The most famous and revered story behind Diwali. It is celebrated to mark the return of Lord Rama along with his wife Sita and brother Lakshmana to Ayodhya after 14 years. King Dashratha gave Rama an exile of 14 years. During the exile, demon Ravana kidnapped Sita. Lord Rama declared a war on Ravana and killed him and rescued Sita. After that, they returned to their hometown after 14 years. People of Ayodhya loved Lord Ram. In order to welcome their beloved prince, they lit their houses with earthen lamps, decorated the entire city and burst crackers. From that day onwards, the day is celebrated as Diwali.

The return of Pandavas

The five Pandvas

The five Pandvas

The epic “Mahabharata” holds a legend of its own about Diwali. The five royal brothers were known as Pandavas (Yudhishthir, Arjun, Bheem, Nakul and Sehdev) lost to their brothers (Kauravas) in the game of dice. As a result of the defeat, they were forced to go into exile for 13 years. After serving the exile, they returned to Hastinapur on “Kartik Amavasya” (new moon day). People of the kingdom were overjoyed on their return. They lit up the whole city with earthen lamps and celebrated.

The death of Narkasura by Lord Vishnu

Narkasur was a cruel demon ruler. He had acquired great powers. After defeating Lord Indra he stole the earrings of Mother Goddess Aditi. He also kidnapped 16000 daughters and wives of Gods and saints and put them in his harem. To free the people from the cruelty, Lord Vishnu fought and killed him and freed all the women. This happened a day before Diwali. The people were relieved and celebrated the occasion with great joy and grandeur.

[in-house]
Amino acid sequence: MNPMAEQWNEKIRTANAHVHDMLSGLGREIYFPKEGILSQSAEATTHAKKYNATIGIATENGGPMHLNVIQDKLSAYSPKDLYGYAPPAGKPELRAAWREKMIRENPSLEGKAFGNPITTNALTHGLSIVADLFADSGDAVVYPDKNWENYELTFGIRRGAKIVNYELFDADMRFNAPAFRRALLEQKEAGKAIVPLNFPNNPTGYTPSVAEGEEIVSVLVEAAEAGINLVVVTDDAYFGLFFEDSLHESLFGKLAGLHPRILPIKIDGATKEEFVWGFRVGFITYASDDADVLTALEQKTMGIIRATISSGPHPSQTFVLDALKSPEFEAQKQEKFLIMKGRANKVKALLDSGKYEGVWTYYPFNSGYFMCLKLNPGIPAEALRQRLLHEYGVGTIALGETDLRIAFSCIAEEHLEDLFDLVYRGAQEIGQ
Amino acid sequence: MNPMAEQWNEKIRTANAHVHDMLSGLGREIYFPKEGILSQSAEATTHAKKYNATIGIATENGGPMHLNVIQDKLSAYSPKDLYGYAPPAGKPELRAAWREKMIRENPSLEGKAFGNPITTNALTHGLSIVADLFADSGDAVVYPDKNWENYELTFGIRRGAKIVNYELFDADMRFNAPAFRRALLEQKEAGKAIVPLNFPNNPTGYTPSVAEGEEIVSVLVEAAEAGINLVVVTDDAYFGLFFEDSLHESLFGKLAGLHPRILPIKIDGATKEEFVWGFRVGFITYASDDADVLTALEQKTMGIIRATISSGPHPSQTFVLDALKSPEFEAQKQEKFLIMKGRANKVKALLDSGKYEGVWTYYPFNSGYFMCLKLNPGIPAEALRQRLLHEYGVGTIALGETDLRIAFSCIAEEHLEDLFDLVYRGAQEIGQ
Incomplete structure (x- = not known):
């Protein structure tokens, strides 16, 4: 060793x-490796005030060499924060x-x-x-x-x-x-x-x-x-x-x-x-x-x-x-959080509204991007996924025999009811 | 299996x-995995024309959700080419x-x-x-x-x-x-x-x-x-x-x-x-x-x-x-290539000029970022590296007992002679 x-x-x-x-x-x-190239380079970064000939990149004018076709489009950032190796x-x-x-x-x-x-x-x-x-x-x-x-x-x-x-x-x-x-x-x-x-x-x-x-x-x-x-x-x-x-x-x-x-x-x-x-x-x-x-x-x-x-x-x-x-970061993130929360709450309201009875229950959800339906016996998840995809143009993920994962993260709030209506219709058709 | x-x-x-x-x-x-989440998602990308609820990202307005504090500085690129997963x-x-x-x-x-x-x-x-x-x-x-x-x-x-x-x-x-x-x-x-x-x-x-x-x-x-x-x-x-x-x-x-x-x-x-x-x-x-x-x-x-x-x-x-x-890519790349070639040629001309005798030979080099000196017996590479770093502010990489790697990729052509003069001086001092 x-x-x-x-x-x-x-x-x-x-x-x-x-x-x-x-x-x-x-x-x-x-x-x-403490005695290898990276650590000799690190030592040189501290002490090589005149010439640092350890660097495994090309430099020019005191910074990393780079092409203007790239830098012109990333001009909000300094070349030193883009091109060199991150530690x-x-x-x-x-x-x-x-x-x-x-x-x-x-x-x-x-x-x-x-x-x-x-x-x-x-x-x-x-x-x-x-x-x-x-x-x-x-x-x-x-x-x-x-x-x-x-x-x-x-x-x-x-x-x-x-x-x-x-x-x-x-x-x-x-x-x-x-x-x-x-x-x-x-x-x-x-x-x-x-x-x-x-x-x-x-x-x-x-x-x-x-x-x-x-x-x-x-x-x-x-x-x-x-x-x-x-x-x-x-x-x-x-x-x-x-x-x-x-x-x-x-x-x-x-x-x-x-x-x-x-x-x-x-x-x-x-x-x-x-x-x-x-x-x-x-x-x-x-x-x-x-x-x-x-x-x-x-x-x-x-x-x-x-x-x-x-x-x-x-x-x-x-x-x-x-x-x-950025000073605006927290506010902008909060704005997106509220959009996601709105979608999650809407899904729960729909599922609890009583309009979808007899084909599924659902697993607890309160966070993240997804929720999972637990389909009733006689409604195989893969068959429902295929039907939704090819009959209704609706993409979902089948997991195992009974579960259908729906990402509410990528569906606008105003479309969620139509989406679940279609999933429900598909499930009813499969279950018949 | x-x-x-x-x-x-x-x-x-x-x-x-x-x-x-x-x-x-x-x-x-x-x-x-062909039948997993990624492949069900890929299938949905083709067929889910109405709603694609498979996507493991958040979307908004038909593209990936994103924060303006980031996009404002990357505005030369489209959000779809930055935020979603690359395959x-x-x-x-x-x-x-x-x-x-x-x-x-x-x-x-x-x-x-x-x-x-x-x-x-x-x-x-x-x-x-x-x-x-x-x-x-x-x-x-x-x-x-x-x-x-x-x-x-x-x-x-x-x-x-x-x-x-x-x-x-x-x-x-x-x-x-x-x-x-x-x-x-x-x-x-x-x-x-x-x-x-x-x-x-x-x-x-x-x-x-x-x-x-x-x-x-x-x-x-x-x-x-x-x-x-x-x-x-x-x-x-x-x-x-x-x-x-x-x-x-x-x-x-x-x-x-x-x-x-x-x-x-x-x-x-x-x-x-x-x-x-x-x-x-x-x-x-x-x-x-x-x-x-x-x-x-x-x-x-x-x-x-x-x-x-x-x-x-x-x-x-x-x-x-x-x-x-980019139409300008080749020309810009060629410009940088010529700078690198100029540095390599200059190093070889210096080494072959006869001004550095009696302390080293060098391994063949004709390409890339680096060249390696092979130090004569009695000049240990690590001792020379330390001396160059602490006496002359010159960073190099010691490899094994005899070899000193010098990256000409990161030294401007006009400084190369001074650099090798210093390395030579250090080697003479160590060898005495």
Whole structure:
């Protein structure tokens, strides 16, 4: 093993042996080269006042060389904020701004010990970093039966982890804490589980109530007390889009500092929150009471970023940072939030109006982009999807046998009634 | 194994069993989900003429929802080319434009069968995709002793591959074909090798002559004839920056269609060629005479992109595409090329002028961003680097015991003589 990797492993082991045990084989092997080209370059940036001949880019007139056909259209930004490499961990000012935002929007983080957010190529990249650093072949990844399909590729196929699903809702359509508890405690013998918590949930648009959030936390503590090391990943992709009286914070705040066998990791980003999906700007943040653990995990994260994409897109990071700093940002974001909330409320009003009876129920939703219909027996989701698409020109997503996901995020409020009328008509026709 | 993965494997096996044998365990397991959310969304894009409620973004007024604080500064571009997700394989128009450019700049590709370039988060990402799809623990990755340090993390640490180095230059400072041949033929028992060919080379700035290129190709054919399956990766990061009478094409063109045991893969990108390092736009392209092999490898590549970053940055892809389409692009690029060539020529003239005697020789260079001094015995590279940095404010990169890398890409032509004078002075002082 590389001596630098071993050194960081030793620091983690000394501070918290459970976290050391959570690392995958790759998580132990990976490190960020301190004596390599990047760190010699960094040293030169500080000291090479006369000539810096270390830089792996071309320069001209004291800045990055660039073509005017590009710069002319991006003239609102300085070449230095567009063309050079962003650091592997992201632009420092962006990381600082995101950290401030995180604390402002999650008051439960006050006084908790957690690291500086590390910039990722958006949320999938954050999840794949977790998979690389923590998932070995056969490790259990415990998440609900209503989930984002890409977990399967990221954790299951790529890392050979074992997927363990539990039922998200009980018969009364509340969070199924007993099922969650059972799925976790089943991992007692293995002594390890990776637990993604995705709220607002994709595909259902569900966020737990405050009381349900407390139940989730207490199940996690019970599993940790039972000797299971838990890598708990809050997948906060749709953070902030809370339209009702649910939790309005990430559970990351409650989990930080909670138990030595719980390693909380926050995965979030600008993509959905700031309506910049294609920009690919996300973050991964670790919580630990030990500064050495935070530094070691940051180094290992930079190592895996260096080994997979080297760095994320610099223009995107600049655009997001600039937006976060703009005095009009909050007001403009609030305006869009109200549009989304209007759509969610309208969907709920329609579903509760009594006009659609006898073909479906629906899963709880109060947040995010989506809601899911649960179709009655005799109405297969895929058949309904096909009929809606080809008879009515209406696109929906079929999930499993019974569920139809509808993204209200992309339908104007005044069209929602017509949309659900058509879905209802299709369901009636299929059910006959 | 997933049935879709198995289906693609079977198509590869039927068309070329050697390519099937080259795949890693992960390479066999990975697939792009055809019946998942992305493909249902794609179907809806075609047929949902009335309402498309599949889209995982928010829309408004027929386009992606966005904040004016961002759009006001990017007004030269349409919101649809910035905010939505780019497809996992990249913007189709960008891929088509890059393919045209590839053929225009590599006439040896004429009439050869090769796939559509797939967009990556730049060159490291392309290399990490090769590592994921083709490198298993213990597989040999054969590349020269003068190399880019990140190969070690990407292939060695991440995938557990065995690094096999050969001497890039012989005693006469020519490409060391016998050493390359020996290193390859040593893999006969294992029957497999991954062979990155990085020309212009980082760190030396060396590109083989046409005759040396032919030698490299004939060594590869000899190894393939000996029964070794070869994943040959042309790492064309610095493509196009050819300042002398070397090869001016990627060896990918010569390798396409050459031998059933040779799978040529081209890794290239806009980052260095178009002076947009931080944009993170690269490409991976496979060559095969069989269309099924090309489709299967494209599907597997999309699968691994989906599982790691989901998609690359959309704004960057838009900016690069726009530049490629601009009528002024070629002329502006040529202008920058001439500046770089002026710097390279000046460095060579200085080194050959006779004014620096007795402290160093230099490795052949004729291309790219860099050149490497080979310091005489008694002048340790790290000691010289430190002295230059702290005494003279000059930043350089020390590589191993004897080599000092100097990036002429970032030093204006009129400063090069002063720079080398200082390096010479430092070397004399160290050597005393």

The Vamana (dwarf) Avatar and King Bali

The sacred Bhagwat Purana has the origins of Diwali. King Bali was a generous but ambitious ruler. Lord Brahma gave him the boon of being unconquerable. The Gods were scared of his immense Power.  No one was able to defeat him. They pleaded to Lord Vishnu and requested him to stop Bali. Lord Vishnu disguised himself as a dwarf priest (Vamana avatar) and went to Bali. He asked for some charity. He asked Bali to give him space he could cover with his three steps. Bali was a big-hearted king. Thinking that a dwarf could not cover much space he agreed to the request. At this moment, Lord Vishnu showed his true form and with just three steps, he covered the entire universe. Bali was left in the awe of Lord Vishnu. As a result, Bali had to give up his kingdom and went to the underworld. Diwali celebrates this victory of Lord Vishnu over Bali.

The birth of Goddess Lakshmi

Goddess Lakshmi rising from ocean

Goddess Lakshmi rising from ocean

The day of Diwali marks the birth of Goddess Lakshmi. There was a time when Gods were mortal. They and demons wanted to live forever. They decided to search for “Amrit” (Nectar of immortality) by churning the ocean. Many remarkable and powerful objects appeared from the ocean during the process. Goddess Lakshmi, the daughter of the king of the ocean rose from the ocean on the new moon day. Lord Vishnu married her that night. To celebrate this auspicious wedding magnificent lamps were illuminated. The tradition continues to this day.